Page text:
Author Topic: 16X24 shed conversion to cabin  (Read 4619 times)

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Offline drifter54

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16X24 shed conversion to cabin
« on: November 10, 2012, 01:50:57 AM »
Hi everyone,
I've been following this forum for a while now; lots of great information here. I'm hoping some of you can give me advice for my conversion.
I bought 10 acres in Monroe, MA 2 years ago. It has a saltbox 16X24 shed on it. Metal roof, rough sawn lumber construction. The 2X4 walls are built on 6"x6"X8' PT timbers that are resting on gravel with what looks like 2"X6"x8" blocks on the corners and joints. There is no floor in this at this time. I'd like to convert this to a cabin. So my questions are:
1. How do I raise this up to get it 18" or so above grade?
2. What do I rest this on after I get it up?
3. Do I have to go down below the frost line for this or can I put someting above ground?
Thanks for any input.

 

 

Offline DirtyLittleSecret

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Re: 16X24 shed conversion to cabin
« Reply #1 on: November 11, 2012, 12:02:21 PM »
Welcome!  Im sure that some pictures would definitely help the online work crew sort out some of your questions.
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Offline Native_NM

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Re: 16X24 shed conversion to cabin
« Reply #2 on: November 11, 2012, 12:03:24 PM »
Raising it should be pretty easy.  Find a scrap yard and pick up a couple really big I-beams.  Slide them under and jack it up.  We did this with a mobile office building and four Harbor Freight 80-ton jacks.  Make sure to use jack pads.  It took four people; everyone lifted
 at the same time.  When we reached the limit of the jack, we placed cribs underneath and started over.  We had to get it high enough to get some drilling and testing equipment underneath.

The I-beams actually came from an old mobile home frame, and were cut to 16' with an oxy torch.  The building was 12' wide and 60' long, and was lightly furnished.  The jacks had no problem.   When we were done, we repeated the process and lowered it down.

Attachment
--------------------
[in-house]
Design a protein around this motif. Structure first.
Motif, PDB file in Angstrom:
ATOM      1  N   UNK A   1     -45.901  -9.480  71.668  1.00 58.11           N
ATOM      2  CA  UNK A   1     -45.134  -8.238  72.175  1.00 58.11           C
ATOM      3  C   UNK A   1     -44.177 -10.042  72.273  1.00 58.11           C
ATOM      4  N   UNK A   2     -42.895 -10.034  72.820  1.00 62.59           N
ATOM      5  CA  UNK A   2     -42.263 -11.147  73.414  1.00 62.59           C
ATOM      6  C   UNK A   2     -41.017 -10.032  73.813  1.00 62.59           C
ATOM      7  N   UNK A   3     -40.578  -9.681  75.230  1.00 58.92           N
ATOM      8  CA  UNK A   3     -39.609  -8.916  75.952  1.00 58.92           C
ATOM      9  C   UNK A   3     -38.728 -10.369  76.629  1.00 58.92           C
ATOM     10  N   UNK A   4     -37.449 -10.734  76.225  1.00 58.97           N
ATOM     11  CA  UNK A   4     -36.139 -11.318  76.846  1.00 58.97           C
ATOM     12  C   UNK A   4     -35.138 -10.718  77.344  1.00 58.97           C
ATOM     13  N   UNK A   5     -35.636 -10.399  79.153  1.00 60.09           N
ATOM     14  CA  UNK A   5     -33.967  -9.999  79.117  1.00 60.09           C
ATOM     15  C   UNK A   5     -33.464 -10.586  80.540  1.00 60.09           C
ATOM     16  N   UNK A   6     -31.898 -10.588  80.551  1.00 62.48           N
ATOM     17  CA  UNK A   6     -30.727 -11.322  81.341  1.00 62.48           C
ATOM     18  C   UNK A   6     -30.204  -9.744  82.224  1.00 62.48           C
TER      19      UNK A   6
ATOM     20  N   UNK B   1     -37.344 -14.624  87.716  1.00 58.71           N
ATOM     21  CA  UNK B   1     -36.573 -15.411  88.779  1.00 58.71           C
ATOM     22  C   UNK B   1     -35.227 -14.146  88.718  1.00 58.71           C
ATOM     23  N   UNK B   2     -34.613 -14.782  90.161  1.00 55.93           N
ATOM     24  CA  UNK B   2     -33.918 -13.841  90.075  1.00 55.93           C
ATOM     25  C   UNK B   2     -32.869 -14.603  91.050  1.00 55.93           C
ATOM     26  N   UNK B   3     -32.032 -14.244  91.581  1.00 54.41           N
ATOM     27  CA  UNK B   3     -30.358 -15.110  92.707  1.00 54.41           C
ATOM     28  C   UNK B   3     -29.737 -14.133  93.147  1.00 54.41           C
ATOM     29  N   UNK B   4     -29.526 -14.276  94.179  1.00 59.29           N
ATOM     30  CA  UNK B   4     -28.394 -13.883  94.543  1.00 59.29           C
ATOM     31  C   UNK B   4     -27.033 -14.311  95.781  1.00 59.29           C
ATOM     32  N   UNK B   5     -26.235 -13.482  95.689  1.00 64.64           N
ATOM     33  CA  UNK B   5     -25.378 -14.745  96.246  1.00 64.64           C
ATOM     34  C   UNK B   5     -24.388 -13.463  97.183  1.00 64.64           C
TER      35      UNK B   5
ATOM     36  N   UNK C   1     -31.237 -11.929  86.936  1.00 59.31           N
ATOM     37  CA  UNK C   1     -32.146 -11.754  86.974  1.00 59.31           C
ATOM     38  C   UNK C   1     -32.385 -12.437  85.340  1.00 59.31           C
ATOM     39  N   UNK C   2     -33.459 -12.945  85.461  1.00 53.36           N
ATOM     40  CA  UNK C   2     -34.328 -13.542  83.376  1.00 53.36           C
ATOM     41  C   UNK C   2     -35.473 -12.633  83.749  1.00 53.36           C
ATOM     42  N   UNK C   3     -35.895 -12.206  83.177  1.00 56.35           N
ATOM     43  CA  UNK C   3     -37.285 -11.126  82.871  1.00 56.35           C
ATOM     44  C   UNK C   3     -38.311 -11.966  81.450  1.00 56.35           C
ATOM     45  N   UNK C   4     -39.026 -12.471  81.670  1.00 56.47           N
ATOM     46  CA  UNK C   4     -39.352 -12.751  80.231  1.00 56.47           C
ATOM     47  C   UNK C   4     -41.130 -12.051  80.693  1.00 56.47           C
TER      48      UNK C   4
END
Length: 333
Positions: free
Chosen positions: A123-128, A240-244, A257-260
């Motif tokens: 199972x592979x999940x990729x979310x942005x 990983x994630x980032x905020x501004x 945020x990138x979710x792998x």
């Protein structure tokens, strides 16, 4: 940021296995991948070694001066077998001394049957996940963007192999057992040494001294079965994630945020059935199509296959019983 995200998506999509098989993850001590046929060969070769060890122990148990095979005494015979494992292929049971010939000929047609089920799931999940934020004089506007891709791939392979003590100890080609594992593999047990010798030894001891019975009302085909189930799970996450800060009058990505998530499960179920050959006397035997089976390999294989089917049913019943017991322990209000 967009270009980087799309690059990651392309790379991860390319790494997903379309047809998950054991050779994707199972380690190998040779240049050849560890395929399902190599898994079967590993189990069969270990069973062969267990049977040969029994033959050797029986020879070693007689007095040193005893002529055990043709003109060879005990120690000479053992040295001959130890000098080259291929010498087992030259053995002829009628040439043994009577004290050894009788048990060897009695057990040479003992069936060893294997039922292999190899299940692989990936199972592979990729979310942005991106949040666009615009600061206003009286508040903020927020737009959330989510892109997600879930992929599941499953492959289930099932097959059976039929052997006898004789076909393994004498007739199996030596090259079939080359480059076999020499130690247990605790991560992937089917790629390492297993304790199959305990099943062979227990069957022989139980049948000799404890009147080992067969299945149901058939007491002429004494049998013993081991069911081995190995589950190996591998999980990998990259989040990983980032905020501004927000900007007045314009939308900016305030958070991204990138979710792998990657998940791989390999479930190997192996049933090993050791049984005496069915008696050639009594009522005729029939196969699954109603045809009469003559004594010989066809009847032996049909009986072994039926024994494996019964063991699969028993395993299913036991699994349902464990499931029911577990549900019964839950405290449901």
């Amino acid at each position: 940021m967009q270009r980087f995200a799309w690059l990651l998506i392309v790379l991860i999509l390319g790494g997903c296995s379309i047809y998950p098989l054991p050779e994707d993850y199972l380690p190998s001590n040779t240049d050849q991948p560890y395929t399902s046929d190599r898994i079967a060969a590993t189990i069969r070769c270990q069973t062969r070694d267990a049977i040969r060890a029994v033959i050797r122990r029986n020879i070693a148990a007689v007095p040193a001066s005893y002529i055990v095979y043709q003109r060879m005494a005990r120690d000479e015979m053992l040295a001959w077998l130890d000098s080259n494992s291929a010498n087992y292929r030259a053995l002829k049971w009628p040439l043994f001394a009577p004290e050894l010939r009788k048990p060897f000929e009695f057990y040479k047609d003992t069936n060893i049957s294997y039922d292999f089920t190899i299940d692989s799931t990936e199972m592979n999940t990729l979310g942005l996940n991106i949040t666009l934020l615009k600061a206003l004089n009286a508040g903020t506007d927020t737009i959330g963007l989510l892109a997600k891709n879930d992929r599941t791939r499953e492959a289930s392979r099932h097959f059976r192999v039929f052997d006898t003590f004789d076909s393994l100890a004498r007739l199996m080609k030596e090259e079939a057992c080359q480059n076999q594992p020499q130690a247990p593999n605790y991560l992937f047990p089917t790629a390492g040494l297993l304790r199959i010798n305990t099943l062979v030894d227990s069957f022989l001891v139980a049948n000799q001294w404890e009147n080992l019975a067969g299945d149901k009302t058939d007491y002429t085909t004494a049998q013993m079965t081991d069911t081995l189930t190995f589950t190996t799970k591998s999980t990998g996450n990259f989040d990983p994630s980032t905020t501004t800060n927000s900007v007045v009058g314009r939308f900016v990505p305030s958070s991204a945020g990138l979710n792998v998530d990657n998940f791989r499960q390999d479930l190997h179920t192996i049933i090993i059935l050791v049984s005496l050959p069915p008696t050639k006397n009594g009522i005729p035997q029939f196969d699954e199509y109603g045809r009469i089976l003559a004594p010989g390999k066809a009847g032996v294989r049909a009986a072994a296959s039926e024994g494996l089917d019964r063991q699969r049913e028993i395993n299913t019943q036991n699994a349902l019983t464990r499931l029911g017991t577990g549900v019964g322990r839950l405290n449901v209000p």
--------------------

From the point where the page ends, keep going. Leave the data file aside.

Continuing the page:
The foundation depends on the area and purpose as well as the original construction.   PT timbers are not always the strongest lumber and you may need to add additional beams.  If you want to live in it and get a CO and permits, a block stem wall is an easy choice.  You can make temporary cribs and build right around them.  After the stem is completed lower it down.  Depending on the structure and construction, you might be able to dig footings for concrete forms and set it on piers.    For anything permanent, you pretty much have to go beneath the frost line.

My advice is spend a bit on a structural engineer who knows the local codes.  Explain what you are trying to accomplish and ask him to assist with a foundation plan.  He can also look at the construction and determine if it meets code.  It might cost $3000 but would ensure you won't have problems with the zoning officials.  Once you have a good plan, decide if it's within the realm of your ability and proceed as needed.  There are too many variables at this point based on your one post. 

Maybe post some additional info on what your intent is, a pic or two of the shed, and your skill and experience level.



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Offline drifter54

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Re: 16X24 shed conversion to cabin
« Reply #3 on: November 11, 2012, 03:01:11 PM »
Here are some pics of the shed so you can see what I'm talking about.











Offline drifter54

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Re: 16X24 shed conversion to cabin
« Reply #4 on: November 11, 2012, 03:10:25 PM »
So, my plan is to make this into something I can stay in for 3 seasons. There is no electricity or water here. I'm not planning on insulating it(I think). I'll use a wood stove for heat when I need it. Rainwater will be used for daily needs. I'll bring in water for cooking and drinking. I'll probably do something with solar down the road. Hopes this helps in trying to assist me with raising/or not raising this shed.

Offline Native_NM

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16X24 shed conversion to cabin
« Reply #5 on: November 11, 2012, 04:22:55 PM »
The inside is wide open.  You could pour concrete sonotubes easily and then drop two large beams underneath after jacking it up.  Hang a floor with hardware.   
New Mexico.  Better than regular Mexico.

Offline markert2523

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Re: 16X24 shed conversion to cabin
« Reply #6 on: November 11, 2012, 05:17:48 PM »
Does the floor stay dry or does water infiltrate under the timbers?  And how much headroom is there?  I think I may be tempted to install ledger boards along the bottom of the 24' sides (just above the timbers) and run 16' joists for a semi-raised floor.  You would need to run a support timber along the middle to support the 16' spans.  Sure, it's not technically far enough off the ground and it may shift some--but hey--it's a rough shed.

If you can get concrete trucks to it, I might also be tempted to drive horizontal pins into the timbers and just pour a slab over the gravel. 

Many flaws in the above ideas, but, once again---it's a shed.

Offline hpinson

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Re: 16X24 shed conversion to cabin
« Reply #7 on: November 11, 2012, 05:19:50 PM »
It looks like a well built shell, and seems well worth taking on. A lovely location too, in a hidden and not well know part of MA.  I know Monroe a little but have not been there in years.  When did the windfarm go in?

Offline archimedes